Anyways, long story short: when forwarding you need to leave lvalue references alone but std::move() rvalue references. And this is precisely what std::forward does; let’s take a look:

template<typename T>
constexpr T&& forward(std::remove_reference_t<T>& t) noexcept
    return static_cast<T&&>(t);

template<typename T>
constexpr T&& forward(std::remove_reference_t<T>&& t) noexcept
    return static_cast<T&&>(t);

There are two overloads of std::forward.

The first one takes an lvalue reference and returns static_cast<T&&>. Because T is an lvalue reference, reference collapsing rules kick in and T&& is the same as T (an lvalue reference). This means we’re just taking an lvalue reference in and returning an lvalue reference out.

The second one takes an rvalue reference and also returns static_cast<T&&>. Because T is an rvalue reference, reference collapsing rules kick in and T&& is the same as T (an rvalue reference). This means we’re still taking an rvalue reference in and returning an rvalue reference out. However, now the returned rvalue reference doesn’t have a name which makes it an rvalue!

The static_assert is just there to catch calls like std::forward<Type&>(rvalue_ref). This wouldn’t actually move but return an lvalue reference to the object referenced by the rvalue reference, which is bad™. Yes, in addition to being a function, not an operator, you can even use std::forward incorrectly, isn’t that nice!

But wait, the implementation of forward for both overloads is identical, so why not just do the following?

template <typename T>
constexpr T&& forward(T&& t) noexcept
    return static_cast<T&&>(t);

Well, that wouldn’t work. Remember, inside the function all references are lvalues. Writing the explicit argument forward<Arg>(arg) would try to pass an lvalue to an rvalue reference – which doesn’t compile. And letting template argument deduction figure it out would always deduce an lvalue.

That was a lot of lvalue and rvalue, so to summarize:

All for something, that is a static_cast to the same type we’re already having!

That’s right, the replacement for std::forward<Arg>(arg) is just static_cast<Arg&&>(arg):

template <typename Fn, typename ... Args>
void call(Fn fn, Args&&... args)
    // Forward the arguments to the function.

If the argument is an lvalue reference, we’re casting it to an lvalue reference, which produces an lvalue. If the argument is an rvalue reference, we’re casting it to an rvalue reference, which produces an rvalue (because it loses the name).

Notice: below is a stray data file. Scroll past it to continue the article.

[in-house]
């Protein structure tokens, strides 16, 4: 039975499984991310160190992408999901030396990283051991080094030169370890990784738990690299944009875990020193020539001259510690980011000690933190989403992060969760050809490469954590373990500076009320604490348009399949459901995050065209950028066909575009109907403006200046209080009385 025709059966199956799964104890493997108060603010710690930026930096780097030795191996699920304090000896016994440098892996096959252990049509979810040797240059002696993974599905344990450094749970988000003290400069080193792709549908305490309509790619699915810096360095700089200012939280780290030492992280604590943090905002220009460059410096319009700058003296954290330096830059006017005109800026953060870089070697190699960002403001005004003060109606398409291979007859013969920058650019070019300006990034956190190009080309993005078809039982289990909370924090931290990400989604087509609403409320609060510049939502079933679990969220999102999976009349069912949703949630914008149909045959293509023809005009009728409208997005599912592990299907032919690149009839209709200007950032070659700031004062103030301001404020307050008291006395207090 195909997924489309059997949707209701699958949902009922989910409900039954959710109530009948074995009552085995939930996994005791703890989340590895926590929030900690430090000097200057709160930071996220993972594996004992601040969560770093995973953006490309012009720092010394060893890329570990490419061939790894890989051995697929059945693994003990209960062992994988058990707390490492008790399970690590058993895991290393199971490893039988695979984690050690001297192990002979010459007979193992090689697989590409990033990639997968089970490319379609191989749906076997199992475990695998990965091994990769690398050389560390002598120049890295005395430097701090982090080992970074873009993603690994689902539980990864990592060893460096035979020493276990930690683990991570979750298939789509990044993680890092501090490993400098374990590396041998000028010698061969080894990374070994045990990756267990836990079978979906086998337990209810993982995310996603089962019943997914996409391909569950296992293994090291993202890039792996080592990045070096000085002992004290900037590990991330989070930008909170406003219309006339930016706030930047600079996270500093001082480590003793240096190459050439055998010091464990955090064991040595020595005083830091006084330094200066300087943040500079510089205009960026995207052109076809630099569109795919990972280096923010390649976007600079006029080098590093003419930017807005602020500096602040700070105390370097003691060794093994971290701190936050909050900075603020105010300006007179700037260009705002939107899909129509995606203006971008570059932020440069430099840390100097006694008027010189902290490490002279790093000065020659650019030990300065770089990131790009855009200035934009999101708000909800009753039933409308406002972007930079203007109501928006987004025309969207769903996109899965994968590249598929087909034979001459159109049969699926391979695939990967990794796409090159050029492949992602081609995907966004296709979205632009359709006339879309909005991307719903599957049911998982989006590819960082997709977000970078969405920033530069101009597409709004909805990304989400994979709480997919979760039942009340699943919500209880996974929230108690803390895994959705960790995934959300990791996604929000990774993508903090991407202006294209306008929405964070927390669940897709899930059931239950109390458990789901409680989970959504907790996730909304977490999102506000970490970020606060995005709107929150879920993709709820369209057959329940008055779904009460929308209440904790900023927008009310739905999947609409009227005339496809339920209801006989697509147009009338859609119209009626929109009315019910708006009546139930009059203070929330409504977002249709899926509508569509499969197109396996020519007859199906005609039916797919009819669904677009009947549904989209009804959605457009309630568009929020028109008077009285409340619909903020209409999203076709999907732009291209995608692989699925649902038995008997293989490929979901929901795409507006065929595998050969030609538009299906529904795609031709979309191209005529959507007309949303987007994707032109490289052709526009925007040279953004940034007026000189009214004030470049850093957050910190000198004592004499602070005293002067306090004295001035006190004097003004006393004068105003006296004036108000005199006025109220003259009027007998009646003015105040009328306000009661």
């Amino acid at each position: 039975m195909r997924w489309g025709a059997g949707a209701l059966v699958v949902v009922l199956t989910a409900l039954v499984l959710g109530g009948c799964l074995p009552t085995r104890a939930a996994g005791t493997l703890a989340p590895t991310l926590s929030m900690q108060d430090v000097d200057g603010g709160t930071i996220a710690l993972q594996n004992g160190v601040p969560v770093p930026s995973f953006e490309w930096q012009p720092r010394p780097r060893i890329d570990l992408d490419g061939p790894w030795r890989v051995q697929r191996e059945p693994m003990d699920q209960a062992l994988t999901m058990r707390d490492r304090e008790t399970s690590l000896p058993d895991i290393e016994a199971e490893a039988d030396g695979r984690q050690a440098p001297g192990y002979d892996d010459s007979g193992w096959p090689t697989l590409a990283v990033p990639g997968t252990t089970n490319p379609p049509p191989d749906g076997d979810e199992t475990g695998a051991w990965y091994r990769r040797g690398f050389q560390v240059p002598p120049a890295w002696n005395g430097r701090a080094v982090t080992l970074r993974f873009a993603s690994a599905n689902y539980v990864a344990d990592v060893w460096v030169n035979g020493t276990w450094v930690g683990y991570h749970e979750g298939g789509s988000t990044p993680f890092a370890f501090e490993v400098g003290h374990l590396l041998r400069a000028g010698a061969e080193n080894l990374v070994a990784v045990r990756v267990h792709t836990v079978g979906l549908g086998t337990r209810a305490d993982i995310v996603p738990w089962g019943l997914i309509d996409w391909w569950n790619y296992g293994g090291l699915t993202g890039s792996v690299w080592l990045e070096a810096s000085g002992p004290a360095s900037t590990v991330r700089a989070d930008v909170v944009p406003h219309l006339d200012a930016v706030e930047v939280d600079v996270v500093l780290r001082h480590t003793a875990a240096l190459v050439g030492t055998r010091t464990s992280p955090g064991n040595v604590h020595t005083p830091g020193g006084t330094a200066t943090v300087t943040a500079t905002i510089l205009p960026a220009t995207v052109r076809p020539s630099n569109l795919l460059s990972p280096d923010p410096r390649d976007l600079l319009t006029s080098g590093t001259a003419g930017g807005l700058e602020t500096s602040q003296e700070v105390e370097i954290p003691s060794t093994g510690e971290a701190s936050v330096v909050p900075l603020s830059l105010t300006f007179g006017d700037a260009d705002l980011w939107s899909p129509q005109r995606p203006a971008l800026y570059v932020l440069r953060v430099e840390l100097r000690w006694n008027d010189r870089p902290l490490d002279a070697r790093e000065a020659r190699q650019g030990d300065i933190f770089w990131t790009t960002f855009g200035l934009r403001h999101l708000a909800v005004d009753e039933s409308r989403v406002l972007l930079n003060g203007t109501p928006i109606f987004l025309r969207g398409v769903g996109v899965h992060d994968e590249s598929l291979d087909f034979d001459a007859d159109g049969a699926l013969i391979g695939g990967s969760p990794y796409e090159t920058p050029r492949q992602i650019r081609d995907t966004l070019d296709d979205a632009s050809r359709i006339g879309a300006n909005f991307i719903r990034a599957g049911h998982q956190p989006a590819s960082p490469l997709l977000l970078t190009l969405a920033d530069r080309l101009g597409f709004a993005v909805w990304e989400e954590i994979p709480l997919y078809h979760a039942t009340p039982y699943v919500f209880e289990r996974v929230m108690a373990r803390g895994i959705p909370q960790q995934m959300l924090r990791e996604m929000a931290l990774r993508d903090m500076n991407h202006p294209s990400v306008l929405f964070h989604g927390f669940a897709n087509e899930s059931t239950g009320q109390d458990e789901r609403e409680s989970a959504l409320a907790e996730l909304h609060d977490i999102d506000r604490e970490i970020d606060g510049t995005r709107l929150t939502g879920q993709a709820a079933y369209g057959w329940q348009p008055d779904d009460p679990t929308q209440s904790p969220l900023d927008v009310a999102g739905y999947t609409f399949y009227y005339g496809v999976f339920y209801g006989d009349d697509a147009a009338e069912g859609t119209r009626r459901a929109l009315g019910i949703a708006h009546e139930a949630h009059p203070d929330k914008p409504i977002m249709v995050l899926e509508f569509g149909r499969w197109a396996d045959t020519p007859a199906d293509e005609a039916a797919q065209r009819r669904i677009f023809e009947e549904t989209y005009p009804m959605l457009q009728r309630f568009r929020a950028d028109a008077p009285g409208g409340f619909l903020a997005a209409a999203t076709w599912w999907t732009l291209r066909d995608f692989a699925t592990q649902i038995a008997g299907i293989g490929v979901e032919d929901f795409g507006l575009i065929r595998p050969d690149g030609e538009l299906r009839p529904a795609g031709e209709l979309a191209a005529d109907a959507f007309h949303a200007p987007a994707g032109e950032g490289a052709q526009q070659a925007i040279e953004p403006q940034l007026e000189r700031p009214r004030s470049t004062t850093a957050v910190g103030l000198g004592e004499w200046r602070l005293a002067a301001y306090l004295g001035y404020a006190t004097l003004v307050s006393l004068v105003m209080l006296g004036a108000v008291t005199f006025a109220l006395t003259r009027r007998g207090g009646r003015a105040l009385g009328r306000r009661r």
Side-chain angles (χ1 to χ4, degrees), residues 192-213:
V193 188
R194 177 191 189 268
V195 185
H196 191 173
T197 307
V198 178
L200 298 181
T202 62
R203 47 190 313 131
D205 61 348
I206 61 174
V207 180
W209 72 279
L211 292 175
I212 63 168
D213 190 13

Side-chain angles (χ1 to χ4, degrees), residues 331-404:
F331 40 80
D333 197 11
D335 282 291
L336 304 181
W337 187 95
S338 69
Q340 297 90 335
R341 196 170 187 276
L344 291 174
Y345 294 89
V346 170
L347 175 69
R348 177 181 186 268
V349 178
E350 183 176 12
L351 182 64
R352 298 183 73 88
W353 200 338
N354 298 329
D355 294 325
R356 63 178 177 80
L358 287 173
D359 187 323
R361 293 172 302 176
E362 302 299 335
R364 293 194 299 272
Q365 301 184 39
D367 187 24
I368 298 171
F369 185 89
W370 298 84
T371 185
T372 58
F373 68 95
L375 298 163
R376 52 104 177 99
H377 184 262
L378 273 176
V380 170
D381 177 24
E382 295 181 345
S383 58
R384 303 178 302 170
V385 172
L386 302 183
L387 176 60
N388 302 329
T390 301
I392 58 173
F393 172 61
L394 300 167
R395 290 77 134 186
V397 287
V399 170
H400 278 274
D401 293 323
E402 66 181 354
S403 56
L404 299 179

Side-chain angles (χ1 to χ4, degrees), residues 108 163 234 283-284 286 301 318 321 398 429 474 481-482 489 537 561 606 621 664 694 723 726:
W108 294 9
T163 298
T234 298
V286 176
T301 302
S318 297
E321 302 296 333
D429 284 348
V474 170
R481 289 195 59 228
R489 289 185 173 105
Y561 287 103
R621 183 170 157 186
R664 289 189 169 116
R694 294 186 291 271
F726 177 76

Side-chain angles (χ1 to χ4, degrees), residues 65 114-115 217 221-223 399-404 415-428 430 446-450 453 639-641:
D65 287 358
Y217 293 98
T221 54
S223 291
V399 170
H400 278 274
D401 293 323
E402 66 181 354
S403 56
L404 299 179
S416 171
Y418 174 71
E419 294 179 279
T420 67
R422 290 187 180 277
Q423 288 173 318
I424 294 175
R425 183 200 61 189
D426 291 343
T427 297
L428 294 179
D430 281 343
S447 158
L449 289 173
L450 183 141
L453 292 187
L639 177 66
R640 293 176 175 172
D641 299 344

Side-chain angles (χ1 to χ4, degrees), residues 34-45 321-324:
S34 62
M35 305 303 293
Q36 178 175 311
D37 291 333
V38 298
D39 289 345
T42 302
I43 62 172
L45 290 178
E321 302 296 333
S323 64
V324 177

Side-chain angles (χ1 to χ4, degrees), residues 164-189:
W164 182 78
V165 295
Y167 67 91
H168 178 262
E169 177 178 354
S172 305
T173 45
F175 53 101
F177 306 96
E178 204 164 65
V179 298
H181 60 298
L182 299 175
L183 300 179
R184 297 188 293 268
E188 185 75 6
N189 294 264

That’s it.

If you don’t have the type as a template parameter (because you’re in a pre C++20 lambda), you can also use decltype():

auto call = [](auto fn, auto&&... args) {
    // Forward the arguments to the function.

Note that we don’t need to write decltype(args)&&, as args are all forwarding references. When decltype()ing a reference, we get the reference-ness for free.

It’s weird that static_cast<decltype(x)>(x) isn’t a no-op, but … C++.

Self-Documenting Code

At this point, some of you are saying that static_cast<Arg>(arg) is a lot less readable compared to std::forward<Arg>(arg). In the second case, it’s clear that we’re forwarding something, and in the first case you have to explain them how rvalue references are lvalues and why we chose to program in C++.

And I agree completely. That’s why I use macros:

// static_cast to rvalue reference
#define MOV(...) \ 

// static_cast to identity
// The extra && aren't necessary as discussed above, but make it more robust in case it's used with a non-reference.
#define FWD(...) \

Type obj = MOV(other_obj);


How dare I!

I know, I know, macros are evil and I am evil for using them and I should follow proper, modern C++ guidelines and instead use templates and functions and overloads (which caused the problem in the first place).

I don’t care.

Bjarne – I think – once said something about macro usage being an indicator for a flaw in the language. And this is exactly what std::move and std::forward are: indicators of a little flaw in the language. I’m fixing it the only way I can – with macros. And I will continue to use those macros until the flaw is fixed (which will probably never happen).

Note that I am not alone. There are various projects that use either macros or the static_cast directly.

It is the pragmatic thing to do.